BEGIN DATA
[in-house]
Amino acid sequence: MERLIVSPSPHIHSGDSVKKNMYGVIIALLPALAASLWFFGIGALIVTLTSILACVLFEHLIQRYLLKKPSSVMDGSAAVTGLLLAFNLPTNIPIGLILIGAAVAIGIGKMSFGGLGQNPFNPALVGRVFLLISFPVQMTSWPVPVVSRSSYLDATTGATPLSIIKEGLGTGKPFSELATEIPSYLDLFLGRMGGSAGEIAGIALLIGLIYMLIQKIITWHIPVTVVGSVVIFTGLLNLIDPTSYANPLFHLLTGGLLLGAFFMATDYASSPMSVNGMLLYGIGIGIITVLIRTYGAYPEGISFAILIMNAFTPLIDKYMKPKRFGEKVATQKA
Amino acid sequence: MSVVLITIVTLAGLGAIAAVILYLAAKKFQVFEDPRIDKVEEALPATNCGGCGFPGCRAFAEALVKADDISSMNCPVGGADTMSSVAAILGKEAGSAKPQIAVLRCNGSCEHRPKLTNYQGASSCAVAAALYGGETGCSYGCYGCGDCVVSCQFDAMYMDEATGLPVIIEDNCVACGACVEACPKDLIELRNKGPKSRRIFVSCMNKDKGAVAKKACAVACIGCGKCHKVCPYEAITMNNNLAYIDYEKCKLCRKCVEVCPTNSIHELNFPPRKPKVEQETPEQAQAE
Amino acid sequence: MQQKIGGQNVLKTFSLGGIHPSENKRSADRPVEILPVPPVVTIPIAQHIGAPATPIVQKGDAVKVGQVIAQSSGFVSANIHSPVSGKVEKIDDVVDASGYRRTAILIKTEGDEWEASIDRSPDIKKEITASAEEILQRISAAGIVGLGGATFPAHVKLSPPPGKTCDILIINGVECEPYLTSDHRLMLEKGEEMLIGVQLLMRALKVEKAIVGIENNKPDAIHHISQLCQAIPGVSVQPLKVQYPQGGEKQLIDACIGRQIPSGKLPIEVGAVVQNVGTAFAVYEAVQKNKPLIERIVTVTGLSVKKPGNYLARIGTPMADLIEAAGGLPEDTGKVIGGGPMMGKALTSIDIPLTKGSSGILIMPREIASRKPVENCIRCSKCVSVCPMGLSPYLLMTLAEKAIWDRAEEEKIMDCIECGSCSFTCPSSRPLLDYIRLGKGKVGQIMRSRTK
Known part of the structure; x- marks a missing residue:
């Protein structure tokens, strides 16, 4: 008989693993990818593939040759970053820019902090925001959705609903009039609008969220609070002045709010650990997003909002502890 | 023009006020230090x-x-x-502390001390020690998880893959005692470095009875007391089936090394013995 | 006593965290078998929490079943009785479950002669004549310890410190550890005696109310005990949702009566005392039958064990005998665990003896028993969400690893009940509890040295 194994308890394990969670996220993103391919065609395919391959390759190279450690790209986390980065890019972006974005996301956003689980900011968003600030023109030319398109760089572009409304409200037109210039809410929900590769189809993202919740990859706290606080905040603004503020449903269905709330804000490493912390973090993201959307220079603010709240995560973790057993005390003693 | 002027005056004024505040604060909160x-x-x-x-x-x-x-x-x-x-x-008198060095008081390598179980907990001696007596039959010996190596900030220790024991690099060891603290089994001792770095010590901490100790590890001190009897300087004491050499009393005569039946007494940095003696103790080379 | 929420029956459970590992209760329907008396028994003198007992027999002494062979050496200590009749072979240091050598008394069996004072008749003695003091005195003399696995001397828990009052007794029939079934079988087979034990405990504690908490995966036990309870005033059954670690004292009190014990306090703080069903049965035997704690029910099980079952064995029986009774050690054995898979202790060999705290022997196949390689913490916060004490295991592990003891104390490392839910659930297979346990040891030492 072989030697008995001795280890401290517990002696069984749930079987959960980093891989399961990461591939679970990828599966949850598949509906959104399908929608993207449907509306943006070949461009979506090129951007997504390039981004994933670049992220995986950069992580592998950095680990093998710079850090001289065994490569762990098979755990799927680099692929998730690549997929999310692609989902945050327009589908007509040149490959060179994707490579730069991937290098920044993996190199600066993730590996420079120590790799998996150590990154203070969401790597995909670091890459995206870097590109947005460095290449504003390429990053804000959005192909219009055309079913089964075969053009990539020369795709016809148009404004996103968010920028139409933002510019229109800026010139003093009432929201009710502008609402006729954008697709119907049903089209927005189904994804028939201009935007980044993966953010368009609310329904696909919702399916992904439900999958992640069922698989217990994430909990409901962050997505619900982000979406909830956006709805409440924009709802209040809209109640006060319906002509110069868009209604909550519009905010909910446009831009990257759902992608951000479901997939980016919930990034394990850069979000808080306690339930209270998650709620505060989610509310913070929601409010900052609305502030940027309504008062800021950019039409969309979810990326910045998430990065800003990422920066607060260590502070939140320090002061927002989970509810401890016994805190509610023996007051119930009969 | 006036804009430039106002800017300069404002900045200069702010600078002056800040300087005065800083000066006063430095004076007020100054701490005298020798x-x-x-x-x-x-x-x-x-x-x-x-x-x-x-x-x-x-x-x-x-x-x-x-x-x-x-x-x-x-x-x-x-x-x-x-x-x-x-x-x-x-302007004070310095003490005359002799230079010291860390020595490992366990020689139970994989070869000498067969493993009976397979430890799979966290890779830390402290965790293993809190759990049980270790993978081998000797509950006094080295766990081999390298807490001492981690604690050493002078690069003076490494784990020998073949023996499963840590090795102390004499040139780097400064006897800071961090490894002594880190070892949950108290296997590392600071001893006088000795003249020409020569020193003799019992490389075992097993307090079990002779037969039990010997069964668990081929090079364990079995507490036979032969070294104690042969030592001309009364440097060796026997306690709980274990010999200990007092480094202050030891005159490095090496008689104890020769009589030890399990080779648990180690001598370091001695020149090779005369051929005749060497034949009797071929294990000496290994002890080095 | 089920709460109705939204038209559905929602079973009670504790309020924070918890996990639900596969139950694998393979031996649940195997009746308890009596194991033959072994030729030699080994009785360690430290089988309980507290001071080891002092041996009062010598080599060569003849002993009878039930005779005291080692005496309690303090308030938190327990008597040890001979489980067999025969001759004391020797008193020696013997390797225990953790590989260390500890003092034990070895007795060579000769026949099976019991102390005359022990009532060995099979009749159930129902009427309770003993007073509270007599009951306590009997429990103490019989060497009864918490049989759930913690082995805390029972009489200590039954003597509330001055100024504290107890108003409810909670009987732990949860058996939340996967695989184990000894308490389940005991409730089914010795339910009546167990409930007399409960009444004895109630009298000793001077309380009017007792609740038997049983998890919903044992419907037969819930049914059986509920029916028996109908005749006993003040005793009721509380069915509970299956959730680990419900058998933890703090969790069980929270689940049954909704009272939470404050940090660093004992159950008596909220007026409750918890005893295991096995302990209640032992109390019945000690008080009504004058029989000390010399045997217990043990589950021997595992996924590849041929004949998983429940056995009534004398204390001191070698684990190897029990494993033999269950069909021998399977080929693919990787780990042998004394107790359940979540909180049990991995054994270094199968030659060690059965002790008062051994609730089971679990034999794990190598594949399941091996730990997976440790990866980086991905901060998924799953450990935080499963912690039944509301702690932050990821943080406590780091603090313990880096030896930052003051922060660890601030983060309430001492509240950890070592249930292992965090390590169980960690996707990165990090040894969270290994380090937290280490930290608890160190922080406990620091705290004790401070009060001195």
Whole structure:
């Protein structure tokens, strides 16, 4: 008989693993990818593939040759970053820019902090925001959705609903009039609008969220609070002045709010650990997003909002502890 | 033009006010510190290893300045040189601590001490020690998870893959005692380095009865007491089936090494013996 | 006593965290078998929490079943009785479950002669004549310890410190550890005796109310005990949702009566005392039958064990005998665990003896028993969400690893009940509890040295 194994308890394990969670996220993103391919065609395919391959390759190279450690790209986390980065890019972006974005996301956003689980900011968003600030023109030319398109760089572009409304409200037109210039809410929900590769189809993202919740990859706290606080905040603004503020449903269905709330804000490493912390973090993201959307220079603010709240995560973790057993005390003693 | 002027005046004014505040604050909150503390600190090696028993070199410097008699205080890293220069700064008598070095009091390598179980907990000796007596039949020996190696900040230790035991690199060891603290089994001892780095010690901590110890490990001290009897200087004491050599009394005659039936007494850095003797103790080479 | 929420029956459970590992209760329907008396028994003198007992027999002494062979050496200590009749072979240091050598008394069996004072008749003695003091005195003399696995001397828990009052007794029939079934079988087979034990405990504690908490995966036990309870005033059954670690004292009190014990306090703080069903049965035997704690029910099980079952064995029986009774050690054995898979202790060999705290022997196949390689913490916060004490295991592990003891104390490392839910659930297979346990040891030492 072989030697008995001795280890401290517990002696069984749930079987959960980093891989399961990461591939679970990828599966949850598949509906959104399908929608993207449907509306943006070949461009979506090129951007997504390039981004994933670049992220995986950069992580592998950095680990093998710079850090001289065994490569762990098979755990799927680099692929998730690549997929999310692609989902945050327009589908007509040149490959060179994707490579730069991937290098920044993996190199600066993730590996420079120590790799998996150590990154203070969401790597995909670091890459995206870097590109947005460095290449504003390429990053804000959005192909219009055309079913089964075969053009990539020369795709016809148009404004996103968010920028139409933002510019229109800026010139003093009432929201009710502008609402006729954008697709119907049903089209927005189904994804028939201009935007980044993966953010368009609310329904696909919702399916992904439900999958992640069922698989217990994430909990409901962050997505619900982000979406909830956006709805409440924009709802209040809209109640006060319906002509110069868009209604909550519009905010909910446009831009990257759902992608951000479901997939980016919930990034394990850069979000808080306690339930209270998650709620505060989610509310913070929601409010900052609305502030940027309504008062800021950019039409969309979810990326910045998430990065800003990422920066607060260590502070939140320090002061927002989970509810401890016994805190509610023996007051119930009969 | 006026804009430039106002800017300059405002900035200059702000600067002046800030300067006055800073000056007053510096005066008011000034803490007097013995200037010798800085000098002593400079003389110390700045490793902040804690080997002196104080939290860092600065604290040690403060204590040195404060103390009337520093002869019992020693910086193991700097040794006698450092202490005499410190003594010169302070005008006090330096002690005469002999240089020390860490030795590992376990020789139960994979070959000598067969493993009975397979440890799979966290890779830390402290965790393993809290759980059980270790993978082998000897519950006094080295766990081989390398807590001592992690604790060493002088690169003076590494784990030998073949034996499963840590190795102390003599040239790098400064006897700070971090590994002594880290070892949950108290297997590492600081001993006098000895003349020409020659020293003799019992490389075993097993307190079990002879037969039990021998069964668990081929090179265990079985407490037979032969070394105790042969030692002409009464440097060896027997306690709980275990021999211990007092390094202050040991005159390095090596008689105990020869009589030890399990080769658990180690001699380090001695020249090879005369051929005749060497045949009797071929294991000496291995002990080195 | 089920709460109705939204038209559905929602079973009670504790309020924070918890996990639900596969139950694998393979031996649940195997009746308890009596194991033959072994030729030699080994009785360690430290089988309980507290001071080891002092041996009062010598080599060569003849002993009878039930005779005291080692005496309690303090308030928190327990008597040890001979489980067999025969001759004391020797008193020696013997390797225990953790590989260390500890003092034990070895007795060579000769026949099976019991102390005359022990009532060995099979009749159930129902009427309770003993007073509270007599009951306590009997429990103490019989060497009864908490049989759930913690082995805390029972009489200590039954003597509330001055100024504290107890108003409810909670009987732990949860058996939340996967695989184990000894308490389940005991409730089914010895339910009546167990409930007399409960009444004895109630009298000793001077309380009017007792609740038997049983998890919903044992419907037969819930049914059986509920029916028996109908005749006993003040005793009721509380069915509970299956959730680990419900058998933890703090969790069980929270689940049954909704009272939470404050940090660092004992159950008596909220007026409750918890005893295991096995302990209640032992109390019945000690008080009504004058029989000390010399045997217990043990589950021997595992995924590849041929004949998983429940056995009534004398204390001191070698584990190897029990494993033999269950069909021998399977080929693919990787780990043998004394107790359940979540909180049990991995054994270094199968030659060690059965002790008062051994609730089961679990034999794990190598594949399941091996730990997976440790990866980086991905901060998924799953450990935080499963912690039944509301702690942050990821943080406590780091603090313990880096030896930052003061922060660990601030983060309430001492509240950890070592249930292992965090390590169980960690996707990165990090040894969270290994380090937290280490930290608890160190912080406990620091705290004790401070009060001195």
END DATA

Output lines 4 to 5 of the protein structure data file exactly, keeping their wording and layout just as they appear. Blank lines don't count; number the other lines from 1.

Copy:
Amino acid sequence: MQQKIGGQNVLKTFSLGGIHPSENKRSADRPVEILPVPPVVTIPIAQHIGAPATPIVQKGDAVKVGQVIAQSSGFVSANIHSPVSGKVEKIDDVVDASGYRRTAILIKTEGDEWEASIDRSPDIKKEITASAEEILQRISAAGIVGLGGATFPAHVKLSPPPGKTCDILIINGVECEPYLTSDHRLMLEKGEEMLIGVQLLMRALKVEKAIVGIENNKPDAIHHISQLCQAIPGVSVQPLKVQYPQGGEKQLIDACIGRQIPSGKLPIEVGAVVQNVGTAFAVYEAVQKNKPLIERIVTVTGLSVKKPGNYLARIGTPMADLIEAAGGLPEDTGKVIGGGPMMGKALTSIDIPLTKGSSGILIMPREIASRKPVENCIRCSKCVSVCPMGLSPYLLMTLAEKAIWDRAEEEKIMDCIECGSCSFTCPSSRPLLDYIRLGKGKVGQIMRSRTK
Known part of the structure; x- marks a missing residue: